Ed­u­ca­tion key to suc­cess in hockey

The Drumheller Mail - - MONEY MATTERS - Pa­trick Ko­lafa The Drumheller Mail

As im­por­tant as the ac­tion on the ice is for the Drum hell er Dragons, so is hav­ing their nose in the books.

Ju­nior A hockey of­fers op­por­tu­ni­ties for play­ers, but a big part of their suc­cess is not only tak­ing care of busi­ness in the cor­ners, but also mak­ing sure their ed­u­ca­tion al­lows them to take ad­van­tage of these op­por­tu­ni­ties. Re­tired teacher and hockey fan Dave Wood is as­sist­ing these play­ers achieve their ed­u­ca­tional goals.

“I have to give( coach) Kevin Has­sel­berg a lot of credit be­cause he is a very strong sup­porter of ed­u­ca­tion, and that has made my job eas­ier and more dif­fi­cult ,” said Dragons ed­u­ca­tion co­or­di­na­tor Dave Wood .“Eas­ier in the sense that I have his sup­port and he laid the law down for some guys when they strug­gle aca­demic ally. He tells them‘ your pur­pose here is school­ing first, hockey sec­ond.’”

“It also has made my job harder in the sense that I put in more time now, but it is a good thing be­cause they are here for hockey and ed­u­ca­tion.”

Hockey of­fers young player’ s many op­por­tu­ni­ties in­clud­ing a road to the NCAA to play hockey for an Amer­i­can col­lege, and the Dragons have seen play­ers go to schools from Alaska to Quin­nip­iac. While some­times this is held up as the Holy Grail for Ju­nior A play­ers, Wood says there are many great op­por­tu­ni­ties for play­ers in Canada.

“The NCAA is get­ting to be harder and harder as the US gets more in­volved in hockey,” said Wood. “There are still op­por­tu­ni­ties out there.”

“You don’ t just look at get­ting a schol­ar­ship offer from a school, it has to be the right offer… it has to be a school that has cre­den­tials, it has to be where your ed­u­ca­tion is go­ing to be worth some­thing in Canada, you have to weigh those things, as well as be­ing away from home. It has to be a cen­tre you are go­ing to be com­fort­able with, so there are a lot of fac­tors there.”

“CIS Hockey is ex­cel­lent hockey that can match NCAA in a lot of cases, and you are get­ting a Canadian univer­sity de­gree, which is go­ing to have merit.”

“I cer­tainly don’t ever down­play the Canadian ed­u­ca­tion sys­tem at all.”

Other teach­ers in­clud­ing Shan­non Dart have as­sisted Wood along the way. Lynn Hem­ming also works with Dragons. Their job is to make sure the stu­dents are per­form­ing well so ed­u­ca­tion does not be­come a bar­rier. It is im­por­tant to know what the col­leges and univer­si­ties ex­pect and then mak­ing sure the stu­dents tai­lor their ed­u­ca­tion to fit.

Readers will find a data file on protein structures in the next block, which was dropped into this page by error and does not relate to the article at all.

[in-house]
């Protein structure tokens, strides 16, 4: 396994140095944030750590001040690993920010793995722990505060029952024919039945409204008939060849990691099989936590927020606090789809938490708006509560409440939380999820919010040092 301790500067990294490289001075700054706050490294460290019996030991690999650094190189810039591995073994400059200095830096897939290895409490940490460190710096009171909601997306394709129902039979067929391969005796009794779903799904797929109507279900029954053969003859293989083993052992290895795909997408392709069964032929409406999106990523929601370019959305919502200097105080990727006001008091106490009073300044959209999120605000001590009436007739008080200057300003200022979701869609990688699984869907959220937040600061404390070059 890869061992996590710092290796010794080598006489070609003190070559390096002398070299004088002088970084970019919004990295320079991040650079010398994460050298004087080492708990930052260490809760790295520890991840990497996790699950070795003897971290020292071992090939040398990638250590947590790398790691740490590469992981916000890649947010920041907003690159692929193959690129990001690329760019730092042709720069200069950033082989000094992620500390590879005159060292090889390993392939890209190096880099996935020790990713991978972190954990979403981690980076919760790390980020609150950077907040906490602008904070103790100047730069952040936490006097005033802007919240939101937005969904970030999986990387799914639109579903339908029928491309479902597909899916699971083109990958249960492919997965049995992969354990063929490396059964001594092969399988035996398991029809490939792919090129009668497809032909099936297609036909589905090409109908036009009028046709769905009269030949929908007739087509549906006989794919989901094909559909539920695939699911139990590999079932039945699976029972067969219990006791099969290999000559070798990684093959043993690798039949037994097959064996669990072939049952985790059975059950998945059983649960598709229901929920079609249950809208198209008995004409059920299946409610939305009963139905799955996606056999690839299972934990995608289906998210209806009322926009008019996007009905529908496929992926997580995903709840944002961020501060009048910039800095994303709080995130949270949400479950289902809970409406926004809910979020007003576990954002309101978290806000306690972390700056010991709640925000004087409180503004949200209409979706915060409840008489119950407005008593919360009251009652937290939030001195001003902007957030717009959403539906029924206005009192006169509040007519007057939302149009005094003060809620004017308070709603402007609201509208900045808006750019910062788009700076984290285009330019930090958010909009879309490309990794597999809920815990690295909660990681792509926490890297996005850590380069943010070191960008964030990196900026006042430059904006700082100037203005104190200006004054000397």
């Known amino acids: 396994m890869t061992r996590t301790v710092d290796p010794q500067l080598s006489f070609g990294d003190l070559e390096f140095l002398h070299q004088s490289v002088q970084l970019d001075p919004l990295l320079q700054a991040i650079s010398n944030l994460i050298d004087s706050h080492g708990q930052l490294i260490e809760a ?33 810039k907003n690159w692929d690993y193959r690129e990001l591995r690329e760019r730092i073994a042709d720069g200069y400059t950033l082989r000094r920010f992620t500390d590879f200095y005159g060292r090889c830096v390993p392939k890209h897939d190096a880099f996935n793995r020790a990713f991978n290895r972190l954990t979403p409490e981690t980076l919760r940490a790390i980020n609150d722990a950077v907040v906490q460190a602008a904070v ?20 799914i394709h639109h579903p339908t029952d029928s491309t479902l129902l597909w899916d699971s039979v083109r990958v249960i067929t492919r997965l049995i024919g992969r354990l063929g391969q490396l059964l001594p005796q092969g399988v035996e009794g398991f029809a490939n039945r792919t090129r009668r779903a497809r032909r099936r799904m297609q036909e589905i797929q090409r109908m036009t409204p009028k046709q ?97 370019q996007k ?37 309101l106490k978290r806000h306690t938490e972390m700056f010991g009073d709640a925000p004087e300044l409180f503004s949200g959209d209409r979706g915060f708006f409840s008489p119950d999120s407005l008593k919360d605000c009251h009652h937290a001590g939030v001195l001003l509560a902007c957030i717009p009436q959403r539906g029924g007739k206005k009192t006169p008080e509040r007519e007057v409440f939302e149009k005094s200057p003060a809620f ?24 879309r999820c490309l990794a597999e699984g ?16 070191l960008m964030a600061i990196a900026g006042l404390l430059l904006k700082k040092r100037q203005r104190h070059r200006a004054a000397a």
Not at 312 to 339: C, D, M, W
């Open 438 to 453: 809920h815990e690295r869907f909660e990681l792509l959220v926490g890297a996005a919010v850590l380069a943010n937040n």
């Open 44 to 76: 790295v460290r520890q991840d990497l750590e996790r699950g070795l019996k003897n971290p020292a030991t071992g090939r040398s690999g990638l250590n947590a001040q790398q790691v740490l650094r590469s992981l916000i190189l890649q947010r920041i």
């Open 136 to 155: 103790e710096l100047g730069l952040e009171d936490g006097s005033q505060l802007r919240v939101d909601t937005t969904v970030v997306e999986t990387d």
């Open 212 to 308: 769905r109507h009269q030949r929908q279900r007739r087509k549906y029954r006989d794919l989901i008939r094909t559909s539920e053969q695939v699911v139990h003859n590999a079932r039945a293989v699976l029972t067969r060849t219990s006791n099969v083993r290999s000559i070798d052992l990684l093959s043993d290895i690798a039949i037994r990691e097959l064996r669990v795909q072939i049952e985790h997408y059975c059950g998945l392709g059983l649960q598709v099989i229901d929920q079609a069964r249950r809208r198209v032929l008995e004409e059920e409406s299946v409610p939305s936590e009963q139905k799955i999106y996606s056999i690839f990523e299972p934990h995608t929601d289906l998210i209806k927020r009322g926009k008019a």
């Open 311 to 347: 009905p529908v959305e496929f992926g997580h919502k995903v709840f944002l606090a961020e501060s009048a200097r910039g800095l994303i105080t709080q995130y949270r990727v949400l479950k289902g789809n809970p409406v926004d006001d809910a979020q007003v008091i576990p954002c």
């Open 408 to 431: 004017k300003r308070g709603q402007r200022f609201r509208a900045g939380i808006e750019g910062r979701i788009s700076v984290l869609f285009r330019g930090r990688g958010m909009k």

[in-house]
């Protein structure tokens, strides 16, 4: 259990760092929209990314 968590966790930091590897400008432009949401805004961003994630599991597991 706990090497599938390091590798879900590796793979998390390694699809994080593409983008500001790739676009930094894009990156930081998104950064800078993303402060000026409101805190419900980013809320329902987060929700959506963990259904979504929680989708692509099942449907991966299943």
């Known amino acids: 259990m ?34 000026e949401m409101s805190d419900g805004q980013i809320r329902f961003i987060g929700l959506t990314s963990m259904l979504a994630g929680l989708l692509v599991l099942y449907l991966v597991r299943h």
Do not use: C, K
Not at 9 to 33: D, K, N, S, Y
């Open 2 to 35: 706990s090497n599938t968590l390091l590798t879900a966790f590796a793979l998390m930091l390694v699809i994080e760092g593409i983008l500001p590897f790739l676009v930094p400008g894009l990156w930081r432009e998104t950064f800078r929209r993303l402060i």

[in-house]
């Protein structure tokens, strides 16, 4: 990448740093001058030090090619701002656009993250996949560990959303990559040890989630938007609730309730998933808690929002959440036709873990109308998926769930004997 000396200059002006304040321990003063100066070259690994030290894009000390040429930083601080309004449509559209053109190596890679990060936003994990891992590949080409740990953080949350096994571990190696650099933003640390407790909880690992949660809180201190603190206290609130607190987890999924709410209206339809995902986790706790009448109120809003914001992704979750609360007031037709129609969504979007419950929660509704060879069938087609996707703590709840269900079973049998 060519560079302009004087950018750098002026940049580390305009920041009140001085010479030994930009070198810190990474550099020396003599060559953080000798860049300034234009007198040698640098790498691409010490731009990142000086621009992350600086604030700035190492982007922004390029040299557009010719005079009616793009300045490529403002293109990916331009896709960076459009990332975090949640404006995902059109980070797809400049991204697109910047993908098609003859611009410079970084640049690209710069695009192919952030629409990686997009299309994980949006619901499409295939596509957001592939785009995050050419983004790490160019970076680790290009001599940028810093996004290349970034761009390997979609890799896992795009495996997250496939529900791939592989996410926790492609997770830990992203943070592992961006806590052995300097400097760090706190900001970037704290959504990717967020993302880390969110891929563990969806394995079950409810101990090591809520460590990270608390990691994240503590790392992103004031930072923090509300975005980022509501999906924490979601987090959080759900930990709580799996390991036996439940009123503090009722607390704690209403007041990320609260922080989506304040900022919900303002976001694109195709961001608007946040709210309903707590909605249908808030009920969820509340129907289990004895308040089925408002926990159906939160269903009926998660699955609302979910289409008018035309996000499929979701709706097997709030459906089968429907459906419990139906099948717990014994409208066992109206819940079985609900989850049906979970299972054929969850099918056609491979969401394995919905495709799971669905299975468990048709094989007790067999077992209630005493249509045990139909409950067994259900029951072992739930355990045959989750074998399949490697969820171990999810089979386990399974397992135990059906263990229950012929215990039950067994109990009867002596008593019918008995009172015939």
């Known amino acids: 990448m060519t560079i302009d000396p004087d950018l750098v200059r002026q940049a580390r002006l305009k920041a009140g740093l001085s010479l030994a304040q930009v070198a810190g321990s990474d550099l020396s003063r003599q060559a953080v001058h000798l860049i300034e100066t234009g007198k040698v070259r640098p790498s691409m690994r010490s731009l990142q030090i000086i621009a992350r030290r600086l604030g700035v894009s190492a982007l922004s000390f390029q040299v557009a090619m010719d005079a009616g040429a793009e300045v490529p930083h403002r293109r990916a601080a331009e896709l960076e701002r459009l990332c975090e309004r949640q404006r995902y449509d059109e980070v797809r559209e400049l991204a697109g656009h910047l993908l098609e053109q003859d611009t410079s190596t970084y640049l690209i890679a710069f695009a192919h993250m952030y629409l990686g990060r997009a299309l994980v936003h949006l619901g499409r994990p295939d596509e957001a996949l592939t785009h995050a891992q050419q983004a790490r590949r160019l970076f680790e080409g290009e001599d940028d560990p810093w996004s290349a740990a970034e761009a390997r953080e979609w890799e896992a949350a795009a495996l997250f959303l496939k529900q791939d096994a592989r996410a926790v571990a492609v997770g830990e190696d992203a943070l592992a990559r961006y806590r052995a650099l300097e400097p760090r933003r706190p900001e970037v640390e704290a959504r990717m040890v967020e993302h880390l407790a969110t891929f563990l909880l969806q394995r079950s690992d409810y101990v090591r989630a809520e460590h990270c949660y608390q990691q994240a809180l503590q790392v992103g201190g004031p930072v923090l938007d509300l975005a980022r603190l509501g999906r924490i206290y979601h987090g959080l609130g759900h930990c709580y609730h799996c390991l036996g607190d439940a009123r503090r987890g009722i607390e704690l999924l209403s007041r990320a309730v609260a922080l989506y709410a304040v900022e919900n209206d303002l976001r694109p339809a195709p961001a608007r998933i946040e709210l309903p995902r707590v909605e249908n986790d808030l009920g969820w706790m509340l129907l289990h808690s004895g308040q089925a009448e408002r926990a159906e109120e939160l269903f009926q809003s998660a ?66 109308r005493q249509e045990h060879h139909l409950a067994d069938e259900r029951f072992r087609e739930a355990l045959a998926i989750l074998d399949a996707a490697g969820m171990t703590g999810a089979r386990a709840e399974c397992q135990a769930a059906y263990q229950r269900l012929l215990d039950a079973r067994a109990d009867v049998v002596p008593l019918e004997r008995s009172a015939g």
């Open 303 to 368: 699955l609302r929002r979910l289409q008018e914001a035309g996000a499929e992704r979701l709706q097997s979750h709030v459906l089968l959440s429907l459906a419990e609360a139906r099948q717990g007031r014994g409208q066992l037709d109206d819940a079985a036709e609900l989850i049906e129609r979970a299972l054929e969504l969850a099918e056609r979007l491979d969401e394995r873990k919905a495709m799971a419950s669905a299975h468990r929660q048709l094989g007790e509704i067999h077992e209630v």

“In Au­gust I meet with ev­ery high school level kid and see what cour­ses they want. And then I get the sched­ule from the school and we set out a sched­ule that works for them ,” said Wood .“The other guys I en­cour­age them to take univer­sity cour­ses, or if they are up­grad­ing high school, they come to study hall. I try to get the tran­scripts from all of them.”

He say she re­ports al­most weekly to the coach on how the play­ers are per­form­ing in class.

The league is tak­ing ed­u­ca­tion se­ri­ously and last week in­tro­duced the In­ter Pipe­line AJHL All Aca­demic Team. Der rick Budz of the Dragons was named to the squad.

“We are proud to sup­port the dreams and goals of these young ath­letes ,” says Chris Bay le, Pres­i­dent and CEO of In­ter Pipe­line. “Be­ing able to rec­og­nize their ded­i­ca­tion to ath­letic ex­cel­lence and aca­demic achieve­ment is a priv­i­lege.” Wood says Bu dz had al­ready grad­u­ated be­fore he came to Drum heller, so he can not claim credit, none­the­less, he holds Budz’s achieve­ment in high re­gard.

“He is a very mo­ti­vated kid and I am glad to see him per­form­ing on the ice,” said Wood.

Wood finds his work with the Dragons re­ward­ing .“It is my two pass ions, hockey, and ed­u­ca­tion, what more could you want?” he said.

mailphoto by Pa­trick Ko­lafa

(l-r) Andrew Kar­tusch, Dave Wood, Kaden Hanas and Brett Wi­eschorster at Thurs­day night study hall. Miss­ing is Car­son Kurylo and Lynn Hem­ming.

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